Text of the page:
Can you sell a house without planning permission?

Published by Property Saviour
The UK's No.1 Fast House Sale Company

June 5, 2019 - Read time: 3 minutes

Can you sell a house without planning permission? 1

If you’re selling a house that needs planning permission, and you don’t have approval from the council, the chances of a quick sale are slim.

If you’re trying to sell your home without planning permission, did you know it’s actually un-mortgageable?

That’s right. Properties are unmortgageable if they have had illegal extensions carried out without the permission of the local council or planning department. Read more here.

So, what should you do if you have made alterations to your home that should have had planning permission and you want to sell?

Read our guide and find out the possible outcomes and solutions to your planning permission problems.


What do you need planning permission for?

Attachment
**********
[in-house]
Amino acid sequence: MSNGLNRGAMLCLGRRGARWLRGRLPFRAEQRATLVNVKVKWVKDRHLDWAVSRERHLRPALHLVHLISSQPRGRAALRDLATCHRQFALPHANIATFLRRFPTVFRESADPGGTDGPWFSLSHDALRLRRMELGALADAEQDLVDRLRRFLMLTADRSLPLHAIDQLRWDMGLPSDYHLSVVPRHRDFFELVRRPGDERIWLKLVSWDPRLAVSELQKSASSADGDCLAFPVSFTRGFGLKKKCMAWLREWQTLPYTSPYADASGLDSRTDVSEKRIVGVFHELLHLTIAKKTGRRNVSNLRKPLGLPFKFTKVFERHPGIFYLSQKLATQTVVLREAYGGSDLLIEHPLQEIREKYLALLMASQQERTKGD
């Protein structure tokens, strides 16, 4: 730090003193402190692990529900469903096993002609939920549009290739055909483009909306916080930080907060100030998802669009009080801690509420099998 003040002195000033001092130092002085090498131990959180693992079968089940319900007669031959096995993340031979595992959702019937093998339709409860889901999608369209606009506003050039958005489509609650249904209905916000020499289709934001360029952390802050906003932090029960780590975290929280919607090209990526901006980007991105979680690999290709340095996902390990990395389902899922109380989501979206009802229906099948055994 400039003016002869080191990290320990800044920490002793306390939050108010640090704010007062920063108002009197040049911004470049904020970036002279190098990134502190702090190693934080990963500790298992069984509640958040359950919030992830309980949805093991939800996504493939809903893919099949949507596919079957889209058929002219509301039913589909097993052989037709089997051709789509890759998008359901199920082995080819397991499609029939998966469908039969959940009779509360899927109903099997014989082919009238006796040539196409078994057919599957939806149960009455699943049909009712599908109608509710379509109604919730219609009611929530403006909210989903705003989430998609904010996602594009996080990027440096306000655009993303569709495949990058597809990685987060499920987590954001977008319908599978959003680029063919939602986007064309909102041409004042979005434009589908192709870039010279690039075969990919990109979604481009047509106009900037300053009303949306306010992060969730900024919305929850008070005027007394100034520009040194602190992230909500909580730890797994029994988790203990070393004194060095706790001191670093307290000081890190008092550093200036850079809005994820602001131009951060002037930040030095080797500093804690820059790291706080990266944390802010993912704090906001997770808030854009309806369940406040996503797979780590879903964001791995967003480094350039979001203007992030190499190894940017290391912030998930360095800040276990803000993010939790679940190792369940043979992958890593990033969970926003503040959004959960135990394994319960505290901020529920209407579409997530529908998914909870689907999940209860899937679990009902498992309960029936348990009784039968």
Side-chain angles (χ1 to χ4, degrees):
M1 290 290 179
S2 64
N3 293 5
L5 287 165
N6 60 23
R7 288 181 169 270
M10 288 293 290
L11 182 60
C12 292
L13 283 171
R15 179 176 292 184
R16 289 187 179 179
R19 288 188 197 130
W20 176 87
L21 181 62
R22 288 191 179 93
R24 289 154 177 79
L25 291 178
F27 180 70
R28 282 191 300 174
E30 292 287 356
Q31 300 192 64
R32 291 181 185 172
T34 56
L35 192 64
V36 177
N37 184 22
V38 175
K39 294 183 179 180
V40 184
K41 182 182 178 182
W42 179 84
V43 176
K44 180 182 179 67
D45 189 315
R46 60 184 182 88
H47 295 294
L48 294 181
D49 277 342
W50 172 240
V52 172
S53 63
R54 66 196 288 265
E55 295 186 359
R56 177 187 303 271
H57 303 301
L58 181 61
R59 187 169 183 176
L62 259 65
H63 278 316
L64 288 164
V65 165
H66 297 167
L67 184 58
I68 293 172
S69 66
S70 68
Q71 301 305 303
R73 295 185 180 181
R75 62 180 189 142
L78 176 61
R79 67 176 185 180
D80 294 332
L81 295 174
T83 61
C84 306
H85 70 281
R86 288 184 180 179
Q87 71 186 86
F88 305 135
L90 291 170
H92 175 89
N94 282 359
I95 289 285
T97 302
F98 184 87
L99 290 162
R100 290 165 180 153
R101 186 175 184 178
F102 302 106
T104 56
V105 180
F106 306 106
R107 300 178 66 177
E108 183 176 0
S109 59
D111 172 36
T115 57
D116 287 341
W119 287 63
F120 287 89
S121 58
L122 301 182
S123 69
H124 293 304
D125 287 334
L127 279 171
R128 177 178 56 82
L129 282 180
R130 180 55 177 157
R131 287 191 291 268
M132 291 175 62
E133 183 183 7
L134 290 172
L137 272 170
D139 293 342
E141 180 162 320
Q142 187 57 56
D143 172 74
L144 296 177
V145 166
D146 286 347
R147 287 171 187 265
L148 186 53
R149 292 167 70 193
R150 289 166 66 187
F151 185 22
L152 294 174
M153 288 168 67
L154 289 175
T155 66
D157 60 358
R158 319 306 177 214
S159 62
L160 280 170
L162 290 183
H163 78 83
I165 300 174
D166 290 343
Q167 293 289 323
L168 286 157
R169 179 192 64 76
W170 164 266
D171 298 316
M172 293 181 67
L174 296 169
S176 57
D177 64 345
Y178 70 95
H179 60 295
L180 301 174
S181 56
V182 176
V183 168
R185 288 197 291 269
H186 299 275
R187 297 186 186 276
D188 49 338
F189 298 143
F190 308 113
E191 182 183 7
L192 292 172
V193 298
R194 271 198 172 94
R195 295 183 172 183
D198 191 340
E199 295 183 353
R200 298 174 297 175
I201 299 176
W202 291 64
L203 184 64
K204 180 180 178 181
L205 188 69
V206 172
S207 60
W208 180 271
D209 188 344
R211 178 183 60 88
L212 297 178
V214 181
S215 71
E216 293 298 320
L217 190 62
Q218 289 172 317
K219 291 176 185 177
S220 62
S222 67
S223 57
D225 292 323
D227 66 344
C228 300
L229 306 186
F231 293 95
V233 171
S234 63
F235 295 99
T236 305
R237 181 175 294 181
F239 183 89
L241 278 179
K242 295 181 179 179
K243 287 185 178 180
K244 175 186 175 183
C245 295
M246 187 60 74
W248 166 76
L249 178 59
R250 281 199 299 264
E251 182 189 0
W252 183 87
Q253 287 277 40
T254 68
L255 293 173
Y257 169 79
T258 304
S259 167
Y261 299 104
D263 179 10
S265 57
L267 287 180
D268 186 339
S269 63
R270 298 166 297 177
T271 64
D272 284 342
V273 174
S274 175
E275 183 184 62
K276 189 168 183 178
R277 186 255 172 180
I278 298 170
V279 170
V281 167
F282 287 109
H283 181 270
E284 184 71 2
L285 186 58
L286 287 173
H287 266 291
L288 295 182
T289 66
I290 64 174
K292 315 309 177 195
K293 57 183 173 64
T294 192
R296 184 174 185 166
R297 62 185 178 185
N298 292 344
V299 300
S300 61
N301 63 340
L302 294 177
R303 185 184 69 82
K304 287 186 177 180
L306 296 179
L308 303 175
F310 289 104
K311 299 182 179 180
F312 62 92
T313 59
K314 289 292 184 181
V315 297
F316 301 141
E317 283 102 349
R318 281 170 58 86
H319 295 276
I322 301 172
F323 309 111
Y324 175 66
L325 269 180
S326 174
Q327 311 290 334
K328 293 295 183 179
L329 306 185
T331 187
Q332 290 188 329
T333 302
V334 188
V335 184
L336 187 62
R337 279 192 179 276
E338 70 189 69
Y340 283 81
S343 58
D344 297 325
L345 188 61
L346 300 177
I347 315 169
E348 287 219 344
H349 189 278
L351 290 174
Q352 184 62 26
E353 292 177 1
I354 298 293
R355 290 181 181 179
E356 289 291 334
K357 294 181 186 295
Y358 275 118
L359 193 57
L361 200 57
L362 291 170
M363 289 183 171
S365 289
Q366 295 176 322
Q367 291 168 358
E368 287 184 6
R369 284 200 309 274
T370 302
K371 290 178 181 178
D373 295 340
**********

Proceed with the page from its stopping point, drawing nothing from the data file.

If you have lived in your home for a number of years, it’s likely you’ve made some alterations to the structure of the building.

Whether it be a conservatory for extra living room, or a conversion in the loft, those small structural changes need approval from the local council in most cases.


How do you know if you need planning permission?

Most of these improvements could be classed as permitted development (PD) – a term given to works which may technically require planning permission but for which permission is deemed to be granted under a general permitted development order. This means that no application for permission has to be made or written consent obtained.

However, the rules surrounding permitted development are quite precise and you may find you have breached them if your home improvements have been extensive.